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Updated at 5:45 am on 23 February 2011
Survivors were being still being pulled from the rubble of buildings in central Christchurch overnight on Tuesday, in the aftermath of a powerful earthquake that is known to have killed 65 people.
Police say the death toll will rise as they are still finding bodies, though they also say people are continuing to be recovered alive.
The 6.3-magnitude quake struck at 12.51pm on Tuesday, 10km south-east of the central city at a depth of 5km. Scores of strong aftershocks have been felt and a state of emergency has been declared for at least the next five days.
Hundreds of search and rescue personnel, fire service staff, army personnel and volunteers have been working under floodlights through the night to get to those who are still trapped.
Superintendent Dave Cliff says the scene is grim, but over 100 people have been freed so far and another 100 are still thought to be trapped. People trapped in buildings have been texting for help.
Roads, buildings, homes and core infrastructure have been extensively damaged. Civil Defence says cordons have been set up around the one-way system in the central city.
Deputy Prime Minister Bill English says people must leave central Christchurch because it is not safe. Police are urging people to stay at home and check on their neighbours, while schools in the greater area are closed until further notice.
Hundreds of people have spent the night at welfare centres for quake victims. Centres have been established at Burnside School and Hagley Park North, and a third, at Addington Raceway could not take any more people on Tuesday night.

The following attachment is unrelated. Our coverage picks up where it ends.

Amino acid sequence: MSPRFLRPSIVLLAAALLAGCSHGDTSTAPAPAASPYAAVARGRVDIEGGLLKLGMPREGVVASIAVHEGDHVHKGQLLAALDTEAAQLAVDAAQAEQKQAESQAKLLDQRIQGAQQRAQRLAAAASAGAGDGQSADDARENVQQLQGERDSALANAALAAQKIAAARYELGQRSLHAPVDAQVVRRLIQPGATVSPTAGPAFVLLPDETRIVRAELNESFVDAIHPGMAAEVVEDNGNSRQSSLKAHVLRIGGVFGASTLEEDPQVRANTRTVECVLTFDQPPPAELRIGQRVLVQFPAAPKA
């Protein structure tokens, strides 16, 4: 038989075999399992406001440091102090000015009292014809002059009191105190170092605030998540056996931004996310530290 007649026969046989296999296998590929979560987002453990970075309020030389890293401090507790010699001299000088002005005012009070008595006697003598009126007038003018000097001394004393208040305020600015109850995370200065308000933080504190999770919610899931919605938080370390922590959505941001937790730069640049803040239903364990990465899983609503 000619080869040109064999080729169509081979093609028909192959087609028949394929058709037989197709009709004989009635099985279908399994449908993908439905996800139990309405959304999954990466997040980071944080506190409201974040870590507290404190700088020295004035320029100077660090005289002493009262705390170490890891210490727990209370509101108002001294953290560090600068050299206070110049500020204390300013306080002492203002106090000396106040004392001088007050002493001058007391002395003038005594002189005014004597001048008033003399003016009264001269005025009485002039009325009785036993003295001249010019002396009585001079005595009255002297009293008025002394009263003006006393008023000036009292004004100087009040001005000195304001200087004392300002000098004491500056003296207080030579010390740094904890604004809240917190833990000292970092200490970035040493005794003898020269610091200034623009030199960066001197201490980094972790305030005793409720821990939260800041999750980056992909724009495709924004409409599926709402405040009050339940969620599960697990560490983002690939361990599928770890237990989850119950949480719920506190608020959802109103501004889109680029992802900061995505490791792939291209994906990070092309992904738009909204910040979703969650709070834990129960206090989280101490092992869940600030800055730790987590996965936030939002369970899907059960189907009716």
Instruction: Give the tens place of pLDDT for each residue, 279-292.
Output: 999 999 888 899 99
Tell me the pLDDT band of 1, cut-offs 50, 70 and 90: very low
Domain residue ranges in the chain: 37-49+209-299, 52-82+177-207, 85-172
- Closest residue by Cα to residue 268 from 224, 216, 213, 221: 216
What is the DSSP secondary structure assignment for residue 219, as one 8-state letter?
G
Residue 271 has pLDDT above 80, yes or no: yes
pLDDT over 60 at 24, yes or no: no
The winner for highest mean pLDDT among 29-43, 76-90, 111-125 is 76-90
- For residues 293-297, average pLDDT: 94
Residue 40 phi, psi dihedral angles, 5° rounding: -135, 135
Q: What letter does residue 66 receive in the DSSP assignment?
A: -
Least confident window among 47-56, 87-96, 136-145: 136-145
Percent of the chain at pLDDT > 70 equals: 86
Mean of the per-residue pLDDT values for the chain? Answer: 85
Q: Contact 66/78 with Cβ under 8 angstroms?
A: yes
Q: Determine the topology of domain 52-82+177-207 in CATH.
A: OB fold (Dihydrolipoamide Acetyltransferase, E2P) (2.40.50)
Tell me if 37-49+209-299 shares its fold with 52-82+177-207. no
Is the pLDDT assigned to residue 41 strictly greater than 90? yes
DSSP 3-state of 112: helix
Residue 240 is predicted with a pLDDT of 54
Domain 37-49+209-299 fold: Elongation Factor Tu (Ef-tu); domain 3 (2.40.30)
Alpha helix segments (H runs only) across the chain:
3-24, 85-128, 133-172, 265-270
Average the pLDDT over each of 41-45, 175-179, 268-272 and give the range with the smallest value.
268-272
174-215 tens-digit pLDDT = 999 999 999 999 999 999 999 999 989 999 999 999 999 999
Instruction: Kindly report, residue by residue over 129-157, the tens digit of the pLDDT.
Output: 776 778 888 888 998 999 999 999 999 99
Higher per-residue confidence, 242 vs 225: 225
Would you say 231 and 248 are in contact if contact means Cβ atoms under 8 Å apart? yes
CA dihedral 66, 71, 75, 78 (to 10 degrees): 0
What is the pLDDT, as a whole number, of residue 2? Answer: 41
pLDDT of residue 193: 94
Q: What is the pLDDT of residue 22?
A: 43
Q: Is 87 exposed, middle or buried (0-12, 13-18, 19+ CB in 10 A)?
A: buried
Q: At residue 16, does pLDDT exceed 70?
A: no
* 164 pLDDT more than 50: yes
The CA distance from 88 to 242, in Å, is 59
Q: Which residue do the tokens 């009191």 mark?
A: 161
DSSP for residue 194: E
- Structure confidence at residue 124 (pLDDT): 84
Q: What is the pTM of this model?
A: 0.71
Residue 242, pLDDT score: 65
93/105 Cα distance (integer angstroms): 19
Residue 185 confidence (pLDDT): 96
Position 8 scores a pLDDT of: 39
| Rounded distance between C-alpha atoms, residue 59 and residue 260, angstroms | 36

Christchurch is still recovering from a 7.1-magnitude quake that hit the Canterbury region on 4 September last year, causing widespread damage but no deaths.
Earlier in February, survivors gathered for the 80th anniversary of the 7.8-magnitude earthquake in Napier, in which at least 256 people died.
The number for information about emergency centres is 0800 779 997
The Red Cross call centre for people worried about friends and family in Christchurch is 0800 RED CROSS, or 0800 733276.
The Pyne Gould building in Cambridge Terrace has collapsed and fire fighters are trying to free trapped people.
22 people have been rescued alive from the building so far and police were talking to others still trapped inside as they worked to free them overnight.
The Canterbury Television Building has also collapsed and was on fire on Tuesday night, while the spire of the historic Christchurch Cathedral crumbled when the quake struck.
Power supplies were cut to 70% of Christchurch. Lines company Orion said about 150,000 households were without power and it was impossible to say when supplies would be restored.
Civil Defence says there is no water supply to 80% of the city.
Search and rescue teams have arrived from other parts of the country, and an Australian Hercules with 150 people is expected with an urban rescue team early on Wednesday.